- Medin & Lai (2007) Medin, Z. & Lai, D. 2007 MNRAS, 382, 1833
- Melikidze & Gil (2009) Melikidze, G. & Gil, J. 2009, The Eighth Pacific Rim Conference on Stellar Astrophysics ed B Soonthornthum, S. Komonjinda, Cheng, K. S. & Leung K. C. (San Francisco: Astronomical Society of the Pacific) 73, 131
- Qiao et al. (2004) Qiao, G. J. Lee, K. J. Zhang, B. Xu, R. X. & Wang, H. G. 2004, ApJ, 616, 127
- Qiao & Lin (1998) Qiao, G. J. & Lin, W. 1998, A&A, 333, 172
- Ruderman & Sutherland (1975) Ruderman, M. A. & Sutherland, P. G. 1975, ApJ, 196, 51
- Shukre (1992) Shukre, C. S. 1992, Magnetospheric Structure and Emission Mechanisms of Radio Pulsars, (IAU Colloq. 128) ed T H Hankins, J. M. Rankin, J. M. & Gil, J. A. (Pedagogical Univ. Press) p.412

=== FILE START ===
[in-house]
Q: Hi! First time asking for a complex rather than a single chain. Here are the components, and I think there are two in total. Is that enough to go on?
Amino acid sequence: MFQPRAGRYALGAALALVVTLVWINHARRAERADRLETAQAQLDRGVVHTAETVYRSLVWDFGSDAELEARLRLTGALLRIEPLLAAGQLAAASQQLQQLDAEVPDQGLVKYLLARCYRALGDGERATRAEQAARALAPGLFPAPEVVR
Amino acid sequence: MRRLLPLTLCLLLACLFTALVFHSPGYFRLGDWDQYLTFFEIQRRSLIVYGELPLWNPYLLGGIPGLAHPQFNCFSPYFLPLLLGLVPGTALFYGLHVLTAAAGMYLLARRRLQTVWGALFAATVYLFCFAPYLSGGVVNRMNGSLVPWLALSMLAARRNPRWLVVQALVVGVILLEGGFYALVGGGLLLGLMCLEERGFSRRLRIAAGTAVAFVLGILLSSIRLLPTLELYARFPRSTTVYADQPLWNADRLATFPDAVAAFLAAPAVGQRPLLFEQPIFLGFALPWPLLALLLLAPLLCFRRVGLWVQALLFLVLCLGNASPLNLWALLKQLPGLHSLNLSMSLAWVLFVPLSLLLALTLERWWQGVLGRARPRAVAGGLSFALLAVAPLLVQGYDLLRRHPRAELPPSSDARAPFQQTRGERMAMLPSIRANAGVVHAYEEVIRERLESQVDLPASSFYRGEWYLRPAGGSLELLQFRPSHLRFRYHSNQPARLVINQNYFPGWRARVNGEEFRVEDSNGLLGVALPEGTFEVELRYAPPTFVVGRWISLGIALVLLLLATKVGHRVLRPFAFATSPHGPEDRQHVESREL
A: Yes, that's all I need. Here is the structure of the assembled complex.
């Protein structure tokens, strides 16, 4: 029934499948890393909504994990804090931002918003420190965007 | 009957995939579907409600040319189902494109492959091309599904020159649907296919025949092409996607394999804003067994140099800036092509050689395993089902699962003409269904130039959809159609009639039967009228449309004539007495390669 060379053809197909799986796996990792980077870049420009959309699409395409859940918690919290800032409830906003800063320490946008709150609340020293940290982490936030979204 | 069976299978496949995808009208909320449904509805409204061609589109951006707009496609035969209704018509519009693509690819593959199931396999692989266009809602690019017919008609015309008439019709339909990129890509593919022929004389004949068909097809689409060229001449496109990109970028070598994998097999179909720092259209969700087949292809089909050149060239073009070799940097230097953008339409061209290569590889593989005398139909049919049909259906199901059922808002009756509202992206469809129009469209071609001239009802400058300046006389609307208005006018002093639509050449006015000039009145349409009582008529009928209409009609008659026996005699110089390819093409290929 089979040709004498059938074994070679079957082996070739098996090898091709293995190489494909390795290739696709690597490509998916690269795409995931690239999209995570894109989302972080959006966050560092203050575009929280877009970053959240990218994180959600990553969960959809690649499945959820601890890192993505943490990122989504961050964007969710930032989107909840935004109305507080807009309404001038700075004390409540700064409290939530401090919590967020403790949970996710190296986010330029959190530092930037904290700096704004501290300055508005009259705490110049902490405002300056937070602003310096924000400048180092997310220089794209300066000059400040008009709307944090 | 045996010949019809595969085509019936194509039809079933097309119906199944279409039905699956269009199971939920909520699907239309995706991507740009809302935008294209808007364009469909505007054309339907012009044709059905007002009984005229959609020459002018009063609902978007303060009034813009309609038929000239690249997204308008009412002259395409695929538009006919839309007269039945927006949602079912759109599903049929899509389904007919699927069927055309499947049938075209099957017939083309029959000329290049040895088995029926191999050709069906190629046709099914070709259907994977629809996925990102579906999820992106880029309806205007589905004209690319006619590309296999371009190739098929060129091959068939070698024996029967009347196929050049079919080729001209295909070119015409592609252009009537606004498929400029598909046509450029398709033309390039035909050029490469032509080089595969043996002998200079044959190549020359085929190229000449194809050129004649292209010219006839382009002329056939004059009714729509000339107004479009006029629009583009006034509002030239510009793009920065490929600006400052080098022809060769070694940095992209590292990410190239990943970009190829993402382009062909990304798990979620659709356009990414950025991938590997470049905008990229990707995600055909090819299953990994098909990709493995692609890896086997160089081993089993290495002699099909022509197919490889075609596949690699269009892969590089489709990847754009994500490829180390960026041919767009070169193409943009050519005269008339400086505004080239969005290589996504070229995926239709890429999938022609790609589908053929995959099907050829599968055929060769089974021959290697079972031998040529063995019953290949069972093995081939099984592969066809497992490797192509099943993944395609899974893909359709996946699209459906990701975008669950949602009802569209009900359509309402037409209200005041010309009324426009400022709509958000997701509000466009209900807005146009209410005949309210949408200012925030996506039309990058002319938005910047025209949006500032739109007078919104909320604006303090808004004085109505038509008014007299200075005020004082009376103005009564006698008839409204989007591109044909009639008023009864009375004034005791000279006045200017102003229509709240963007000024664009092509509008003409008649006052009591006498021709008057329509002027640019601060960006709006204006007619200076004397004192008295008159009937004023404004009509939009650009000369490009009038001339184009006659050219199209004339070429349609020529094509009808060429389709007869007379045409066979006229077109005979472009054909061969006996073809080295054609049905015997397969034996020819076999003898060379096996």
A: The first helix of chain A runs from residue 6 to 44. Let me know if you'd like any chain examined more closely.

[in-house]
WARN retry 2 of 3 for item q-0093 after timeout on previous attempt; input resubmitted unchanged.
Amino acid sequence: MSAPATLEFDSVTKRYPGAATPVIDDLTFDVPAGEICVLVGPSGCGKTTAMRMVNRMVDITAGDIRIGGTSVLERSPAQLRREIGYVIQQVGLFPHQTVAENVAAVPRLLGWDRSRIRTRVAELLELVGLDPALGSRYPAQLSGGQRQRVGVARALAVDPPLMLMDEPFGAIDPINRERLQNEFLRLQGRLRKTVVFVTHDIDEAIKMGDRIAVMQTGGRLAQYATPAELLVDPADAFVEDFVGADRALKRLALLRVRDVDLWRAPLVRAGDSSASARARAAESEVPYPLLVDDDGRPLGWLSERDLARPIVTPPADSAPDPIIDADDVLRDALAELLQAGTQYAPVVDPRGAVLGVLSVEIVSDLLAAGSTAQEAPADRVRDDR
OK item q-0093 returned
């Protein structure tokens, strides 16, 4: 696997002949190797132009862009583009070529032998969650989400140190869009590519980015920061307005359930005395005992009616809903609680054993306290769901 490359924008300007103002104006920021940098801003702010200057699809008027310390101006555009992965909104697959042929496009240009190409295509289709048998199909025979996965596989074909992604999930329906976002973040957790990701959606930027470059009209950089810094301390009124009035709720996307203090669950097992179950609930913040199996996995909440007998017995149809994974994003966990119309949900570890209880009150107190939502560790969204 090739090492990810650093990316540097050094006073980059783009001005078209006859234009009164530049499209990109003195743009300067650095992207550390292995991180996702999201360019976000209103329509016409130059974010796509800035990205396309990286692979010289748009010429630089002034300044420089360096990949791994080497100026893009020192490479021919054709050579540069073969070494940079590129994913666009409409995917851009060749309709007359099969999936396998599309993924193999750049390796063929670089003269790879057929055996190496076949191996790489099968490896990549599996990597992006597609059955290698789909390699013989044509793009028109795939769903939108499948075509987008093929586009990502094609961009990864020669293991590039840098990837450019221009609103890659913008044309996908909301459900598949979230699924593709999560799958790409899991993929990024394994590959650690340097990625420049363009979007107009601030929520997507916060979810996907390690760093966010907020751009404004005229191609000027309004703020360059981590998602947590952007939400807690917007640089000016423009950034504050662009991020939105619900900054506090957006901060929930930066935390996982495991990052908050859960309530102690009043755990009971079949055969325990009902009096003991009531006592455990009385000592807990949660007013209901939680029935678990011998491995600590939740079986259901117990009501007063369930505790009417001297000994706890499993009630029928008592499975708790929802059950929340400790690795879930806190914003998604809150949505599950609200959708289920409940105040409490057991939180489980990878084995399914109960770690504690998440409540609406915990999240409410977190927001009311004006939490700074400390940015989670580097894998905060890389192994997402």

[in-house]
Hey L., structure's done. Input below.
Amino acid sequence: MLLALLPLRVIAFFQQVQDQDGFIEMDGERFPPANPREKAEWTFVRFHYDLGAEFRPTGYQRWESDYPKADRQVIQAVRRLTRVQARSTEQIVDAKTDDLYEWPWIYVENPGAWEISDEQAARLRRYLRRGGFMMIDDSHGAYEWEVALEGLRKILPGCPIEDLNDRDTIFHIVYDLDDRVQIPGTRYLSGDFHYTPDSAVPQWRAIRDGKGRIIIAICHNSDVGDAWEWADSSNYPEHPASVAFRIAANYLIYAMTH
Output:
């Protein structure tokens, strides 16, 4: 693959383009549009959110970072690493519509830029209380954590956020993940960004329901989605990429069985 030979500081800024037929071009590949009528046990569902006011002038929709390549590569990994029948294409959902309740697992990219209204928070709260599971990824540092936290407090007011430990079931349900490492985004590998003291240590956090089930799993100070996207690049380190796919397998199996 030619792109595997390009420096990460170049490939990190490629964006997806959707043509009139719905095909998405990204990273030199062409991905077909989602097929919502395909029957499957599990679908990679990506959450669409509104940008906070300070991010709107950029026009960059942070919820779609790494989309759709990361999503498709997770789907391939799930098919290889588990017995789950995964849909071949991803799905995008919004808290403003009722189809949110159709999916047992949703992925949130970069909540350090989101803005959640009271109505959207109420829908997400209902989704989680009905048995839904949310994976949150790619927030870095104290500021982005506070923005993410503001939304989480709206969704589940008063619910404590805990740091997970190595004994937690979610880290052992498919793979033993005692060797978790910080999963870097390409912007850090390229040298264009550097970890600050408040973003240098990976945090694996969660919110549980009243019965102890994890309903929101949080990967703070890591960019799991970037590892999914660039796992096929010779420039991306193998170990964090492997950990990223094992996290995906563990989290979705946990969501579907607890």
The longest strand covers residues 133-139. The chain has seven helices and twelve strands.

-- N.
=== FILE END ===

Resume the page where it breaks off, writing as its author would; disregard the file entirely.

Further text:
- Usov & Melrose (1995) Usov, V. V. & Melrose, D. B. 1995, Aust. J. Phys., 48, 571
- Vivekanand & Joshi (1999) Vivekanand, M. & Joshi, B. C. 1999, ApJ, 515, 398
- Xu (2009) Xu, R. X. 2009, J. Phys. G: Nucl. Part. Phys., 36, 064010
- Xu (2010) Xu, R. X. 2010, Int. Jour. Mod. Phys., D19, 1437
- Xu et al. (2006) Xu, R. X. Cui, X. H. & Qiao, G. J. 2006, Chin. J. Astron. Astrophys., 2, 217
- Xu & Qiao (1998) Xu, R. X. & Qiao, G. J. 1998, Chin. Phys. Lett. 15, 934
- Xu et al. (1999) Xu, R. X. Qiao, G. J. & Zhang, B. 1999, ApJ, 522, L109
- Xu et al. (2001) Xu, R. X. Zhang, B. & Qiao, G. J. 2001, Astropart. Phys., 15, 101
- Zhang et al. (2000) Zhang, B. Harding, A. K. & Muslimov, A. G. 2000, ApJ, 531, L135